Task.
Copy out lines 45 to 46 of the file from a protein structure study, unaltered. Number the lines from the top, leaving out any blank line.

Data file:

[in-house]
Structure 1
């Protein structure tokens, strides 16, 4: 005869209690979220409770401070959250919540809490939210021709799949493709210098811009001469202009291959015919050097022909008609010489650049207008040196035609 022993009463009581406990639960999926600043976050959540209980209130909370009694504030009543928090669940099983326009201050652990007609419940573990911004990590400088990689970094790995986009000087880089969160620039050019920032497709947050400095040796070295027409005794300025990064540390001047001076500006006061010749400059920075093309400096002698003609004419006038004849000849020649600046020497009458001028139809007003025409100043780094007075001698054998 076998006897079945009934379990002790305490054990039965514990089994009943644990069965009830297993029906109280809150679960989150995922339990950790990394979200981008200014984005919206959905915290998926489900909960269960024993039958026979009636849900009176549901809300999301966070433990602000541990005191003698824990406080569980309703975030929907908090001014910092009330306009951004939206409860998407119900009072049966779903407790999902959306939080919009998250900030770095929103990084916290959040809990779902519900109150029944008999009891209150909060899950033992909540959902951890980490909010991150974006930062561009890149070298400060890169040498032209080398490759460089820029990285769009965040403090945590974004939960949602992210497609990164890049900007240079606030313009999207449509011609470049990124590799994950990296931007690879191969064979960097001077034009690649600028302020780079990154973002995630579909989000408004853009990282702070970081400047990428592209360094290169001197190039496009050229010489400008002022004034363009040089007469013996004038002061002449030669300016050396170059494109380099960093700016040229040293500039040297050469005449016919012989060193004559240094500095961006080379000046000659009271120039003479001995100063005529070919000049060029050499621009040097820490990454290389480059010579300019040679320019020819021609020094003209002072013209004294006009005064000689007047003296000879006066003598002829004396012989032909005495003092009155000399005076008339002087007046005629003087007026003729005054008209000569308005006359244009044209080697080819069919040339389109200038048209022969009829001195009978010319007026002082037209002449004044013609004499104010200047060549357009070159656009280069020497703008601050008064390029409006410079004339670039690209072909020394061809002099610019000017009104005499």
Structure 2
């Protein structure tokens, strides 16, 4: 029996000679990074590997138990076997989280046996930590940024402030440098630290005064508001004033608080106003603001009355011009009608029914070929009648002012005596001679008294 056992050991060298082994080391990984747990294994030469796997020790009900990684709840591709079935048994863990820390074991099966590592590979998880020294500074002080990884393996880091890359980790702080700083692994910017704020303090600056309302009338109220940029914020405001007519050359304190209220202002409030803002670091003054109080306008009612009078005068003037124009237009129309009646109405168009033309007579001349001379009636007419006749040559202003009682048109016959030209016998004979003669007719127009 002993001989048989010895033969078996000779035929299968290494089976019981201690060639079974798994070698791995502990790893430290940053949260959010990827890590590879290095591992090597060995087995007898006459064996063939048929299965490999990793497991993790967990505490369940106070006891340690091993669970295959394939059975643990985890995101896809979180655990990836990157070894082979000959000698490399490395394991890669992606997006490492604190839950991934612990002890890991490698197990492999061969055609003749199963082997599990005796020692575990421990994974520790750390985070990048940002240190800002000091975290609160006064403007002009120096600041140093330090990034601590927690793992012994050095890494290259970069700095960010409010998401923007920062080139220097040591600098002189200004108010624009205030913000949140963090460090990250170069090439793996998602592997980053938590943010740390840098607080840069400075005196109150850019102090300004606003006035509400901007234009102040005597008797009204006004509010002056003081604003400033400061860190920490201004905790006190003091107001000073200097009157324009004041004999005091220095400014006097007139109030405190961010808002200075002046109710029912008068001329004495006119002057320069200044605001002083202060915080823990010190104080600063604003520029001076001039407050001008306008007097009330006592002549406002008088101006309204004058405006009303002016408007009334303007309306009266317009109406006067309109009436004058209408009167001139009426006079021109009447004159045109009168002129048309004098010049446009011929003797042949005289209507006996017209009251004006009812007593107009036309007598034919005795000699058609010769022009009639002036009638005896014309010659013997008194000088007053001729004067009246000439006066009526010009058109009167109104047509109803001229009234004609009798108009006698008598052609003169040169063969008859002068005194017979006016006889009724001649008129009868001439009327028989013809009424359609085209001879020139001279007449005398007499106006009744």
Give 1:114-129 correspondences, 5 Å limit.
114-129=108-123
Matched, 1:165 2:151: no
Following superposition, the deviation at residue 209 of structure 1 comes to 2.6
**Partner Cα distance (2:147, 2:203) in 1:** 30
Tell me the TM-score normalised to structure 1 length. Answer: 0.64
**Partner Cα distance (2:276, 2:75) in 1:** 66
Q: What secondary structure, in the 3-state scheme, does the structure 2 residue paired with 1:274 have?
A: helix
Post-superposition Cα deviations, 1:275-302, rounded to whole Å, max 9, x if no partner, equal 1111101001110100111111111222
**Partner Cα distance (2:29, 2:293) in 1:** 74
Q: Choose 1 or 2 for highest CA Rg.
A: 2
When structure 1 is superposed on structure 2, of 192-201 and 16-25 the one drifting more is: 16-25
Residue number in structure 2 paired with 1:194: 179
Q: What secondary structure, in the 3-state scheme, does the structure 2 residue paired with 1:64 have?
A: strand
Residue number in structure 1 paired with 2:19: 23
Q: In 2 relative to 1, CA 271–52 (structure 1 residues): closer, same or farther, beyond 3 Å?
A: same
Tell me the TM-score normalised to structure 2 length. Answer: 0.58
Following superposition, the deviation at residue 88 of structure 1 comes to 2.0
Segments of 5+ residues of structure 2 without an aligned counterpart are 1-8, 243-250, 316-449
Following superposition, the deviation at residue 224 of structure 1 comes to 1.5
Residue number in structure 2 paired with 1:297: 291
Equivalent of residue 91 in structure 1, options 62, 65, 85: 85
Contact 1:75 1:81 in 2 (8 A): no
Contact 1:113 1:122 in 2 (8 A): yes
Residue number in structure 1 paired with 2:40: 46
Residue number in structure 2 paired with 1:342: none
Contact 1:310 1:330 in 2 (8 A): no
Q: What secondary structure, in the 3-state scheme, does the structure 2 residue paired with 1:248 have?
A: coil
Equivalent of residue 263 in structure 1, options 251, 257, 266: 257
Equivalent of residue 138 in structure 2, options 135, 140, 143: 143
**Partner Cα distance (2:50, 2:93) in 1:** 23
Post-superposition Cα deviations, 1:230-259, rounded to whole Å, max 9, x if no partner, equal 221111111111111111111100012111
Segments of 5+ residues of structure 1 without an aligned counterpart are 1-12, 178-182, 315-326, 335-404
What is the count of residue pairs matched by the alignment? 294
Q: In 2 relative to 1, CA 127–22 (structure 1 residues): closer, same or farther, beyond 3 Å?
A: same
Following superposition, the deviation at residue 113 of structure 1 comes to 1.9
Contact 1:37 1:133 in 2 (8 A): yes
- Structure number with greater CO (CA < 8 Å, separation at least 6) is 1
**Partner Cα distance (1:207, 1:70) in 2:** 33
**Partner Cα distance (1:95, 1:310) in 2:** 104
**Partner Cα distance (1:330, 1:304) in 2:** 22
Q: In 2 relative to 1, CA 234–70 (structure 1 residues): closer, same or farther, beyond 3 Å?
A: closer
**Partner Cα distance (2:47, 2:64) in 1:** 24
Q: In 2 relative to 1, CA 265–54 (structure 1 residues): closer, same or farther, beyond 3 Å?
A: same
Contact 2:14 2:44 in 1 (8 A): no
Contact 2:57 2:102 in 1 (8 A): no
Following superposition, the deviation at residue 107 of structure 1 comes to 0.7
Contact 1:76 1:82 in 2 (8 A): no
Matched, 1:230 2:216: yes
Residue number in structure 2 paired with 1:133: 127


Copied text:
Q: In 2 relative to 1, CA 127–22 (structure 1 residues): closer, same or farther, beyond 3 Å?
A: same